Czech Republic president reluctant to sign same-sex partnership bill
February 01, 2006
PRAGUE, Czech Republic — President Vaclav Klaus will probably not sign a bill on registered partnership of homosexuals passed by the Senate on Thursday, the daily Mlada fronta Dnes writes.
President Vaclav Klaus
Klaus has repeatedly voiced reservations about the legislation giving the right to conclude official partnership unions to the people of the same sex.
Klaus told Mlada fronta Dnes on Friday that journalists could speculate about his decision "on the basis of quite clear indirect evidence."
"I will speak about the registered partnership bill at the right moment. After I receive it and have the 15-day time to sign it. However, I have sufficiently voiced my views on it in the media," Klaus told the paper.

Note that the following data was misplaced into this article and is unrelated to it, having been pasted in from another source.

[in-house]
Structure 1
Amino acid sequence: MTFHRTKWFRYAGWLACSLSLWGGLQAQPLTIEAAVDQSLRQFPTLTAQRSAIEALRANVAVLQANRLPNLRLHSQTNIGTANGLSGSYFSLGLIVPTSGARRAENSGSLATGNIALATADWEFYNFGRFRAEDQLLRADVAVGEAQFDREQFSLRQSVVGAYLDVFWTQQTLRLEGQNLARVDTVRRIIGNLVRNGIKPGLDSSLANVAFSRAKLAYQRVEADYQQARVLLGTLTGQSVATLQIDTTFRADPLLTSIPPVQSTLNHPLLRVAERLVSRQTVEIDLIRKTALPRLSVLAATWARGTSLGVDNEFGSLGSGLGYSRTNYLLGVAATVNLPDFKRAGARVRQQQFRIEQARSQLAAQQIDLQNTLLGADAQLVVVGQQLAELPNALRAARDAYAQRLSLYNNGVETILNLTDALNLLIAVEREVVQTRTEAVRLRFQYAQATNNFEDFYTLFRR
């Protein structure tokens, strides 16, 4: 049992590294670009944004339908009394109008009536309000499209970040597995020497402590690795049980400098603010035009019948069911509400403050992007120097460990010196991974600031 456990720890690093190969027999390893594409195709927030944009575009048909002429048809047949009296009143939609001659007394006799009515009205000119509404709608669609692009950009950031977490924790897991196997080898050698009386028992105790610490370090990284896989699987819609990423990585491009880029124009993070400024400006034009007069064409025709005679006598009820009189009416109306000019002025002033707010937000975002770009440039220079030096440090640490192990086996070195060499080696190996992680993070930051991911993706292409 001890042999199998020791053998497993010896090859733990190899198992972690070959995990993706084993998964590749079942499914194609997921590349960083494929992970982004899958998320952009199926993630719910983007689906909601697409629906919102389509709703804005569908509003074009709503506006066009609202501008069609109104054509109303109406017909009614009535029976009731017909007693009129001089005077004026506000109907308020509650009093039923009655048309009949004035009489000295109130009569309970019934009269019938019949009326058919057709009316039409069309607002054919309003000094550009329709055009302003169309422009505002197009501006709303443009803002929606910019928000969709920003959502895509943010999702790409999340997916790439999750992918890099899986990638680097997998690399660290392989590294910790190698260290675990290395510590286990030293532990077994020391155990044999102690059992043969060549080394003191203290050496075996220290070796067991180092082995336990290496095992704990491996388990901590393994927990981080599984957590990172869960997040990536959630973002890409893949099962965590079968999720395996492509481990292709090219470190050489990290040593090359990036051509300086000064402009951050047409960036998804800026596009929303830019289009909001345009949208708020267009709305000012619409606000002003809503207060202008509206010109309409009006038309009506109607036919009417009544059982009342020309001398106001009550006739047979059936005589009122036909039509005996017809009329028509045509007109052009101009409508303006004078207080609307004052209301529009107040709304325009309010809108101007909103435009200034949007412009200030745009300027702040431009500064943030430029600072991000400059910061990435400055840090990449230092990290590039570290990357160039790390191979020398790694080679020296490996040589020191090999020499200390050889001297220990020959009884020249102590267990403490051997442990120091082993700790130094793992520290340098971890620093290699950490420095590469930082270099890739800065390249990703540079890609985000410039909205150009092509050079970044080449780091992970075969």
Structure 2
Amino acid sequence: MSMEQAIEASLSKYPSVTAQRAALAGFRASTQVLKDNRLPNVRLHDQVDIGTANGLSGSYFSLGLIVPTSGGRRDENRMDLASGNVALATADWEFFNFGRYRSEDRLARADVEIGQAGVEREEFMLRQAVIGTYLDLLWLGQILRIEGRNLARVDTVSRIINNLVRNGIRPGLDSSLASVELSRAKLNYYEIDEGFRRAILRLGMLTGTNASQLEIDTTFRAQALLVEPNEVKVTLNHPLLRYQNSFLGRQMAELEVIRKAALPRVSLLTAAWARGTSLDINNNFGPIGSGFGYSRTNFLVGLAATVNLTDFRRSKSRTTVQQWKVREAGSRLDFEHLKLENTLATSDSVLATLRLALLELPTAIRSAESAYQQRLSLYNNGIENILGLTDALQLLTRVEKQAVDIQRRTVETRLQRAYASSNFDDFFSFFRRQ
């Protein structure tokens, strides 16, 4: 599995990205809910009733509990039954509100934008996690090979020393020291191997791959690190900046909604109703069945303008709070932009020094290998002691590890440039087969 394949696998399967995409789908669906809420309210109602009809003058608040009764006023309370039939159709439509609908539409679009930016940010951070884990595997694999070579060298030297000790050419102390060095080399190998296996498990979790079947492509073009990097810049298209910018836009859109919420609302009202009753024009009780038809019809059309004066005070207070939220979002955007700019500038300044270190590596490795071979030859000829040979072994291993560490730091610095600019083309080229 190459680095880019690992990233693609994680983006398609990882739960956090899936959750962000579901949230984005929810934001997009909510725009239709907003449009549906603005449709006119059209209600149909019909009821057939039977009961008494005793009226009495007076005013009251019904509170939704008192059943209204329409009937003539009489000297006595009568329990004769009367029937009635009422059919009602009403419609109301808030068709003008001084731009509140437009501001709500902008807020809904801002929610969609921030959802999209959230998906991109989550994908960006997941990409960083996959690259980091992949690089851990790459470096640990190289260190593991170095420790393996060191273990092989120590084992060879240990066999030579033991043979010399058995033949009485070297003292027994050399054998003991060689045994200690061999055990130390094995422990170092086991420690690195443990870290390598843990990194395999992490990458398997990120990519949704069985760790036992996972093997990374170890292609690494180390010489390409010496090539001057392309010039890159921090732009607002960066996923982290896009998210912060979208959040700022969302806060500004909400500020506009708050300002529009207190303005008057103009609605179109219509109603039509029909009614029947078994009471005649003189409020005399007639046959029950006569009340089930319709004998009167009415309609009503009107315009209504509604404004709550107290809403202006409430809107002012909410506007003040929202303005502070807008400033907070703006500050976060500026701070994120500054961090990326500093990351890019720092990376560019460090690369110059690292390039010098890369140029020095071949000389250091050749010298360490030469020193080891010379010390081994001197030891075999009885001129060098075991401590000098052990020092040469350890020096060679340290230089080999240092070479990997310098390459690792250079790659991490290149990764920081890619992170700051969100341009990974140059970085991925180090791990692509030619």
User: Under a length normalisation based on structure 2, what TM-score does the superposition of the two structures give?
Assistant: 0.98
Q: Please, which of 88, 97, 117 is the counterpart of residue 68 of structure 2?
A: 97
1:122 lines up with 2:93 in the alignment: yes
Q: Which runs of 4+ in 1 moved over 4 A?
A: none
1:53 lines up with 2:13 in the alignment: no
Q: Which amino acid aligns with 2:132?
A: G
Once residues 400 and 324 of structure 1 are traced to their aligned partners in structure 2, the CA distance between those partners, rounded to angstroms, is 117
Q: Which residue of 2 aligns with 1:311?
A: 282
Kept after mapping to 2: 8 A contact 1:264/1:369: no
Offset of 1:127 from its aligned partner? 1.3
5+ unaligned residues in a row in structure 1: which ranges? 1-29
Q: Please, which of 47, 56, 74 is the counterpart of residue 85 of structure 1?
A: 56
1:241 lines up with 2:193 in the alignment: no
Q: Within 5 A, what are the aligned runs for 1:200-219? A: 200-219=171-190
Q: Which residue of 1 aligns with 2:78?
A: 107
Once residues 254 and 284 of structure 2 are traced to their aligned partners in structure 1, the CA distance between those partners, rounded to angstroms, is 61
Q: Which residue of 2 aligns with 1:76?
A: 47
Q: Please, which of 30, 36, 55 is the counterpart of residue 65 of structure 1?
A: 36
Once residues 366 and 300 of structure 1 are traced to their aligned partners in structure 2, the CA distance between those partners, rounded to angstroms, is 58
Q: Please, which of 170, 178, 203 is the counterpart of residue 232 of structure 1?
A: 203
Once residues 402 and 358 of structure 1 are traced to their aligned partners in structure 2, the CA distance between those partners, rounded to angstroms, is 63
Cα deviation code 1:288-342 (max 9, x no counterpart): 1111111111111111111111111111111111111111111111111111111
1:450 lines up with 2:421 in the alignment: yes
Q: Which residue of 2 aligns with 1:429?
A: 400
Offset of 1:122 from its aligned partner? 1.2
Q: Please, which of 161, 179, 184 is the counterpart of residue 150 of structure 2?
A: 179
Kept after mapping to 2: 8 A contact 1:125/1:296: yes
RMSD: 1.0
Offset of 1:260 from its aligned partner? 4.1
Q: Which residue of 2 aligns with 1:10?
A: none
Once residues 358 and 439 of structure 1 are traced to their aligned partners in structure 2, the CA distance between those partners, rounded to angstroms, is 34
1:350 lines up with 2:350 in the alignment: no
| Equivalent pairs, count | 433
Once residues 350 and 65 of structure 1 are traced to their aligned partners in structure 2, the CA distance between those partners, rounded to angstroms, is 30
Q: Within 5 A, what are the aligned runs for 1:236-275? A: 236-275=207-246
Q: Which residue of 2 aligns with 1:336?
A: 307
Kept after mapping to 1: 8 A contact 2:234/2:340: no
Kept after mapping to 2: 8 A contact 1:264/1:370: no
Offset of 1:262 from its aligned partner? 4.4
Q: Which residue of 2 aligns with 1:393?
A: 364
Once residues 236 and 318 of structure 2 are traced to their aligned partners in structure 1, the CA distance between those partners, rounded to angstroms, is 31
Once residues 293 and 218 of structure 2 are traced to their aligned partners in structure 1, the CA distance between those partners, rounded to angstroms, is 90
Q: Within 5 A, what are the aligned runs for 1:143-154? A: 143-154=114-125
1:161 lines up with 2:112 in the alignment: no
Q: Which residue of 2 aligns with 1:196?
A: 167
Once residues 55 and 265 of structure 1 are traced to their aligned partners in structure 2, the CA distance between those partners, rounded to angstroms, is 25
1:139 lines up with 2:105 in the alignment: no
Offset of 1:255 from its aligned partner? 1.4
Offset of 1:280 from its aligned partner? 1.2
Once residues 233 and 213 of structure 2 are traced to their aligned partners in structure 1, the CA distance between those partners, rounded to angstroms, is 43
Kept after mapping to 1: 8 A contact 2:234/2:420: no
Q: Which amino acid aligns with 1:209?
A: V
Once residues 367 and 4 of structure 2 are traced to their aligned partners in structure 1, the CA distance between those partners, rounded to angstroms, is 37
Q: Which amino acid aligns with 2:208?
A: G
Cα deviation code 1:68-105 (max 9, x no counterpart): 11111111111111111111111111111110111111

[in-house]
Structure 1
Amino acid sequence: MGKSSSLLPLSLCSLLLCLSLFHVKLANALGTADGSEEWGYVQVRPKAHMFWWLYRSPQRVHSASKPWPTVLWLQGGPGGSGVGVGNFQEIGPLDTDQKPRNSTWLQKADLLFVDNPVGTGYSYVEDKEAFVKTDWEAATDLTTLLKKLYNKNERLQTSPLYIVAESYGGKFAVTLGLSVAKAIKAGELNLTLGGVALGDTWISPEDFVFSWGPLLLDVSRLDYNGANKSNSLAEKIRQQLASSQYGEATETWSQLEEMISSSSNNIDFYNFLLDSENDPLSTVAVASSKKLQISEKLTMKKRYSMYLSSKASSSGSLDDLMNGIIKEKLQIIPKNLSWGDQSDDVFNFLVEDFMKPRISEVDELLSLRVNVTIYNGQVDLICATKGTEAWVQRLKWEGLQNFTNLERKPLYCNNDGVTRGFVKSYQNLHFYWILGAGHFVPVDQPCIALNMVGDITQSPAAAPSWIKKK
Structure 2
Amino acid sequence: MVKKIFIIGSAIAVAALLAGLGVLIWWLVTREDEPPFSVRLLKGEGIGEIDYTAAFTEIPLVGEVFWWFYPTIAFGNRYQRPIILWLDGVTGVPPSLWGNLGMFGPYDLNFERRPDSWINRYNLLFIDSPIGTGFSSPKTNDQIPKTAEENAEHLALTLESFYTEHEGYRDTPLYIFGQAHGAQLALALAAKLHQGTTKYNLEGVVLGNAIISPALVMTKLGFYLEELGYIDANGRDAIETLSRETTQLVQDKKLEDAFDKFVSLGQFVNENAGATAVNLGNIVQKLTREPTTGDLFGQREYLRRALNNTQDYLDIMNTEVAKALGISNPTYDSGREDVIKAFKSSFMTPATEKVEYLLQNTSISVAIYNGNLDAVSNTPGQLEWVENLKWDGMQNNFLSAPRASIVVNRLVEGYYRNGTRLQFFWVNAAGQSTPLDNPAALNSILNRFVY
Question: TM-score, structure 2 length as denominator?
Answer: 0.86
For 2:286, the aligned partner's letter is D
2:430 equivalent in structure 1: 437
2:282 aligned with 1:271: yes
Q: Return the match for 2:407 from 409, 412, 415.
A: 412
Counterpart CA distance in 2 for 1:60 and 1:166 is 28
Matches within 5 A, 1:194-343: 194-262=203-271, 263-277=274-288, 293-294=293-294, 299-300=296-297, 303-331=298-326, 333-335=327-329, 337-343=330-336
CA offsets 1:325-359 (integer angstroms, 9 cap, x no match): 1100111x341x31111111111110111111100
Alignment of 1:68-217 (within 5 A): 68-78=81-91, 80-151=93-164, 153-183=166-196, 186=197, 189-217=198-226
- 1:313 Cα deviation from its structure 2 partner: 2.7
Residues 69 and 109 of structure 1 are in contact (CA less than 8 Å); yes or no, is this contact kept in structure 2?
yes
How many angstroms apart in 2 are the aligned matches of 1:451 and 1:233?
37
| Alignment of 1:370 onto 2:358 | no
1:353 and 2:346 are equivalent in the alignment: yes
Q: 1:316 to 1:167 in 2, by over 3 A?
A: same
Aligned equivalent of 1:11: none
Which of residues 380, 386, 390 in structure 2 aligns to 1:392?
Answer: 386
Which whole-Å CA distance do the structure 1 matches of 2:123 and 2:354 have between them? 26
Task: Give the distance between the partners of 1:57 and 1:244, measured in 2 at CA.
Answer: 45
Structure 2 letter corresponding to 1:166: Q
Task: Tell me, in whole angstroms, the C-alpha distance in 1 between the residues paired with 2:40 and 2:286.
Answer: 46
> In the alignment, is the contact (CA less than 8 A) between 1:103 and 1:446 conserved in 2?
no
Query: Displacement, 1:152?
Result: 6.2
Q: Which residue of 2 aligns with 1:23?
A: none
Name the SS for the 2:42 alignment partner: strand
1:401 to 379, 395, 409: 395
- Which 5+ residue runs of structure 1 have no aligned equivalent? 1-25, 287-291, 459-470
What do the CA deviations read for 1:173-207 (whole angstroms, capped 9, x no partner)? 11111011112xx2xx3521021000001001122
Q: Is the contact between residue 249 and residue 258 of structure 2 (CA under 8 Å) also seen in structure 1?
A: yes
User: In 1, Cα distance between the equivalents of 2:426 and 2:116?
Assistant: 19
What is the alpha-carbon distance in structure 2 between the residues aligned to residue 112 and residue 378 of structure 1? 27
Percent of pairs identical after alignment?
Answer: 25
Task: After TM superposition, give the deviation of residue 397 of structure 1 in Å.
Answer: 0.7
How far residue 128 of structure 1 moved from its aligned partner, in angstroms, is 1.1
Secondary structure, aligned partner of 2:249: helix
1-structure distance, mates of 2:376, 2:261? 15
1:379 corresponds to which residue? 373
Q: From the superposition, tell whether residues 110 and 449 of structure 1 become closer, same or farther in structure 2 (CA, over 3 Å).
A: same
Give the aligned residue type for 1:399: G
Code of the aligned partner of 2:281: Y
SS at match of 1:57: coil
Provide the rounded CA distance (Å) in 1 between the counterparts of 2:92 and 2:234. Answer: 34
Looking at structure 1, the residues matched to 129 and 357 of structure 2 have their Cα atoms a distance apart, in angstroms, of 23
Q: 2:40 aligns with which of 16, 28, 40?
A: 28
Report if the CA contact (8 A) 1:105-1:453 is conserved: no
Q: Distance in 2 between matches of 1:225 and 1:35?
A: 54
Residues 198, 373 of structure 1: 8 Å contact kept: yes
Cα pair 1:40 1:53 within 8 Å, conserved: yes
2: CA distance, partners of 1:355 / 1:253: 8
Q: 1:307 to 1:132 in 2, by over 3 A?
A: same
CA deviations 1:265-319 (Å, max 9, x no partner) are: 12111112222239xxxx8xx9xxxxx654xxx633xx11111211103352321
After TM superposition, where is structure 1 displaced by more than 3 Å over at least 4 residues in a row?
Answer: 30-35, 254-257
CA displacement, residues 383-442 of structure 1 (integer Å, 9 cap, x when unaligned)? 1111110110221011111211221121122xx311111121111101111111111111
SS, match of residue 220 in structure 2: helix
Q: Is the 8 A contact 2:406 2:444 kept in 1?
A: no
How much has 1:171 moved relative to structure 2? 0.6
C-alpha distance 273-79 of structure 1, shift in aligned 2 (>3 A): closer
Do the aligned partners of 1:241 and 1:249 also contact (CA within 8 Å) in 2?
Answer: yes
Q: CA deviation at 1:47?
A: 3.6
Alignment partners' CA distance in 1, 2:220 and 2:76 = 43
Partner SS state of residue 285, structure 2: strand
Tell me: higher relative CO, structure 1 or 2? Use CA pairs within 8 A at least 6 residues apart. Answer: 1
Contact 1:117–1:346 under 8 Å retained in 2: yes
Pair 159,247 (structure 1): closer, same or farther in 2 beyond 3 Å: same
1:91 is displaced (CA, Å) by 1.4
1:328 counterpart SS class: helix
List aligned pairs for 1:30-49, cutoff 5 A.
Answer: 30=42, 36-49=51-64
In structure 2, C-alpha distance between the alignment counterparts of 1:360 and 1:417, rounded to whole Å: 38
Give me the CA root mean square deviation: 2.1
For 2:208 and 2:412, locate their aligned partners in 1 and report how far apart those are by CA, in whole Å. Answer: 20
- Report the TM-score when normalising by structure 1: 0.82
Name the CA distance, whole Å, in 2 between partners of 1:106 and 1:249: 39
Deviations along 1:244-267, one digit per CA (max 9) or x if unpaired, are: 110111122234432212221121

Klaus presented his disagreement with the legislation last February when it was debated by the Chamber of Deputies, the lower house of the Czech Parliament.
"I consider the marriage a traditional institution of one type. Let them arrange their relationship in any way. But I am absolutely against mixing this with family and marriage," Klaus said then.
If he signs it into law, the Czech Republic will be the first post-communist and 13th European country to embed homosexual partnership.
Supporters of the bill say the bill will make homosexual partners' life easier in contact with offices. The opponents say it threatens the maintenance of heterosexual family.
The bill defines the establishment and termination of a partnership union that will be entered in the identity card.
The bill ensures the partners' right to information on the health condition of their partners and a chance to inherit property as married couples.
The bill also counts with the obligation to pay maintenance and allows the homosexual partners to raise children, but it does not allow them to adopt them. – Issued by Gay Link Content
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